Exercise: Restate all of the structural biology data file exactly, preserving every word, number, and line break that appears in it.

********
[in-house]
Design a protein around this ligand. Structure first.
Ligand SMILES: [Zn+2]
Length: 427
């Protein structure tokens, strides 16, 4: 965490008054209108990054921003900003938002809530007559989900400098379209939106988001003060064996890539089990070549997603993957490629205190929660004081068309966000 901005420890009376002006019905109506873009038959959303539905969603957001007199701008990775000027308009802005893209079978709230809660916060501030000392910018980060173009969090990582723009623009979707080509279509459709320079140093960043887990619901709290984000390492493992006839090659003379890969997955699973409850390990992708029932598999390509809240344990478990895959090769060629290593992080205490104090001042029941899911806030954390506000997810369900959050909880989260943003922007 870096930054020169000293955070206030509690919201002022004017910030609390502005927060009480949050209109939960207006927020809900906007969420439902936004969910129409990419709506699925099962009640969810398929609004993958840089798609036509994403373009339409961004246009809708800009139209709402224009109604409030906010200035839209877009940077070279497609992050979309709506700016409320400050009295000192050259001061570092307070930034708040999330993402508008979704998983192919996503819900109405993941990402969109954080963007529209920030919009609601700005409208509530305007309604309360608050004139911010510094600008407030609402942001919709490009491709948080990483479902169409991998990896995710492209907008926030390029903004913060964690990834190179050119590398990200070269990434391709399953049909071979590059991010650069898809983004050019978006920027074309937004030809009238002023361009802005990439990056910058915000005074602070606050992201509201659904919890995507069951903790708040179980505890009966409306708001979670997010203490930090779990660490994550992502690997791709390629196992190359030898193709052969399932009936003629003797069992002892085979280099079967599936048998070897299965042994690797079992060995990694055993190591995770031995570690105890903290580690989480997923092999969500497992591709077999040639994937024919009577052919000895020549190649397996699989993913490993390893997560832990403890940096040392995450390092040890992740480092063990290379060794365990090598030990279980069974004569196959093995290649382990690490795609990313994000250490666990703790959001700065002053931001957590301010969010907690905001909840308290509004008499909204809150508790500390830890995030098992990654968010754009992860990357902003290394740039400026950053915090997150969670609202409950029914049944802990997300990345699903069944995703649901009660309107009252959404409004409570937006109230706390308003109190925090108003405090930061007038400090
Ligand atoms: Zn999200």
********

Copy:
[in-house]
Design a protein around this ligand. Structure first.
Ligand SMILES: [Zn+2]
Length: 427
């Protein structure tokens, strides 16, 4: 965490008054209108990054921003900003938002809530007559989900400098379209939106988001003060064996890539089990070549997603993957490629205190929660004081068309966000 901005420890009376002006019905109506873009038959959303539905969603957001007199701008990775000027308009802005893209079978709230809660916060501030000392910018980060173009969090990582723009623009979707080509279509459709320079140093960043887990619901709290984000390492493992006839090659003379890969997955699973409850390990992708029932598999390509809240344990478990895959090769060629290593992080205490104090001042029941899911806030954390506000997810369900959050909880989260943003922007 870096930054020169000293955070206030509690919201002022004017910030609390502005927060009480949050209109939960207006927020809900906007969420439902936004969910129409990419709506699925099962009640969810398929609004993958840089798609036509994403373009339409961004246009809708800009139209709402224009109604409030906010200035839209877009940077070279497609992050979309709506700016409320400050009295000192050259001061570092307070930034708040999330993402508008979704998983192919996503819900109405993941990402969109954080963007529209920030919009609601700005409208509530305007309604309360608050004139911010510094600008407030609402942001919709490009491709948080990483479902169409991998990896995710492209907008926030390029903004913060964690990834190179050119590398990200070269990434391709399953049909071979590059991010650069898809983004050019978006920027074309937004030809009238002023361009802005990439990056910058915000005074602070606050992201509201659904919890995507069951903790708040179980505890009966409306708001979670997010203490930090779990660490994550992502690997791709390629196992190359030898193709052969399932009936003629003797069992002892085979280099079967599936048998070897299965042994690797079992060995990694055993190591995770031995570690105890903290580690989480997923092999969500497992591709077999040639994937024919009577052919000895020549190649397996699989993913490993390893997560832990403890940096040392995450390092040890992740480092063990290379060794365990090598030990279980069974004569196959093995290649382990690490795609990313994000250490666990703790959001700065002053931001957590301010969010907690905001909840308290509004008499909204809150508790500390830890995030098992990654968010754009992860990357902003290394740039400026950053915090997150969670609202409950029914049944802990997300990345699903069944995703649901009660309107009252959404409004409570937006109230706390308003109190925090108003405090930061007038400090
Ligand atoms: Zn999200």